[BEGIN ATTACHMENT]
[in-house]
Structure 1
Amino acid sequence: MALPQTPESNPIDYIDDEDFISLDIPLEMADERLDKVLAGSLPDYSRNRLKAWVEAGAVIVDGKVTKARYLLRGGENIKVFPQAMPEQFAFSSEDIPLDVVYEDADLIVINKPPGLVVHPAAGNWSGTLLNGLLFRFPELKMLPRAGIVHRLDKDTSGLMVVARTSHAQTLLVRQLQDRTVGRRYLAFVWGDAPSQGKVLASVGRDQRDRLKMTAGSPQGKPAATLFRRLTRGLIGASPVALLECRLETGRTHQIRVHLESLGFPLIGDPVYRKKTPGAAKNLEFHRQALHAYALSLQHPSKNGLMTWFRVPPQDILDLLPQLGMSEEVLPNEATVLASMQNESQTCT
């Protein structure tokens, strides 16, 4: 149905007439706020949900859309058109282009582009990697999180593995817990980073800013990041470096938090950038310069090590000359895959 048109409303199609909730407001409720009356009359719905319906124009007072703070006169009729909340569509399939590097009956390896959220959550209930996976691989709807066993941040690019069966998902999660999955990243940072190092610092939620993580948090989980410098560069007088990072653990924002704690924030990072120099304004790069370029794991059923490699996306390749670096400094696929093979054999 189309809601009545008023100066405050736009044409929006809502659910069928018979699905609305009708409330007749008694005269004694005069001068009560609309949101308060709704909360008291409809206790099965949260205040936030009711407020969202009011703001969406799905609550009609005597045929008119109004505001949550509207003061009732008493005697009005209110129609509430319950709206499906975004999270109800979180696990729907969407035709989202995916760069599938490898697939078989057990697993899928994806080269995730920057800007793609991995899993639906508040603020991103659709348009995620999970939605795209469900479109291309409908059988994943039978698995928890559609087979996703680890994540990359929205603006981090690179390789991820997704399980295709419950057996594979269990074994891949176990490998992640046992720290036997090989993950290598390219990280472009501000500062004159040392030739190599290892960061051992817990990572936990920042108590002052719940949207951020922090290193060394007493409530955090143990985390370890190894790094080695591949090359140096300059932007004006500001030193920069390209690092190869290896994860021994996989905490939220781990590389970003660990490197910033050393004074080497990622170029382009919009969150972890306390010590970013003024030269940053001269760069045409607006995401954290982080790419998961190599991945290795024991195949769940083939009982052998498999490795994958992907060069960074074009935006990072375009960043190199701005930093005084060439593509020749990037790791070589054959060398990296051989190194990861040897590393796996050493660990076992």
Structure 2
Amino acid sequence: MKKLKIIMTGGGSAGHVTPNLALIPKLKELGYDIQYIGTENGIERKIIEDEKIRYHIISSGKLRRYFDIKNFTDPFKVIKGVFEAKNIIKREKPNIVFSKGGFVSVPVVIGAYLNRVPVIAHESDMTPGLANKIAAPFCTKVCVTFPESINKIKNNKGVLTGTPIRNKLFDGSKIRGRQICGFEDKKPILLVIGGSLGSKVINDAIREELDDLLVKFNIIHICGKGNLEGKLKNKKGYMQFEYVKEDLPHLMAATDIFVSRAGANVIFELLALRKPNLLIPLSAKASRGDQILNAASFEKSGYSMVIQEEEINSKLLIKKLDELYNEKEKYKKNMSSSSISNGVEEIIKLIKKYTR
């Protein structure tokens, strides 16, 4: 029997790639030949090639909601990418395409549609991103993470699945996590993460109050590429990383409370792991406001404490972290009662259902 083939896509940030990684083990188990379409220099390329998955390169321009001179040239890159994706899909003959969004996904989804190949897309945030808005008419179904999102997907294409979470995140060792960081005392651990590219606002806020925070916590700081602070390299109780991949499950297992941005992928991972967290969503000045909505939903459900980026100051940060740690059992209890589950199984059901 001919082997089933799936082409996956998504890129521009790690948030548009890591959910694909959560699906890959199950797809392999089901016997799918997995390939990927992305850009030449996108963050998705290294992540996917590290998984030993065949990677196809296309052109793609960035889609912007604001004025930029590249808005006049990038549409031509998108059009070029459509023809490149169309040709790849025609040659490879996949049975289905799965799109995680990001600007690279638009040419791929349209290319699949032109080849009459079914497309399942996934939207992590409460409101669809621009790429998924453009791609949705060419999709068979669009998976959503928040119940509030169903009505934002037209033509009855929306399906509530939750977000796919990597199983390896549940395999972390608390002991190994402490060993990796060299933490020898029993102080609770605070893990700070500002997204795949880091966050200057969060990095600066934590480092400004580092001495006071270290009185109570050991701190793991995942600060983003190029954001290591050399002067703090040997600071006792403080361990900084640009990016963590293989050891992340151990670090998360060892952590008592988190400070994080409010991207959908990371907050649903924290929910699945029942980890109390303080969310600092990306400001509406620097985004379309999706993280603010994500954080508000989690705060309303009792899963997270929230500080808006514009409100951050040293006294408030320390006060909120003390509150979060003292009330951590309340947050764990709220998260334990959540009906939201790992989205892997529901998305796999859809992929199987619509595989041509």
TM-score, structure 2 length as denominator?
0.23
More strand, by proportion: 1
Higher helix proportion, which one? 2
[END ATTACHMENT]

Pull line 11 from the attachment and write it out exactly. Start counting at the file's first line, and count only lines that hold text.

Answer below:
Higher helix proportion, which one? 2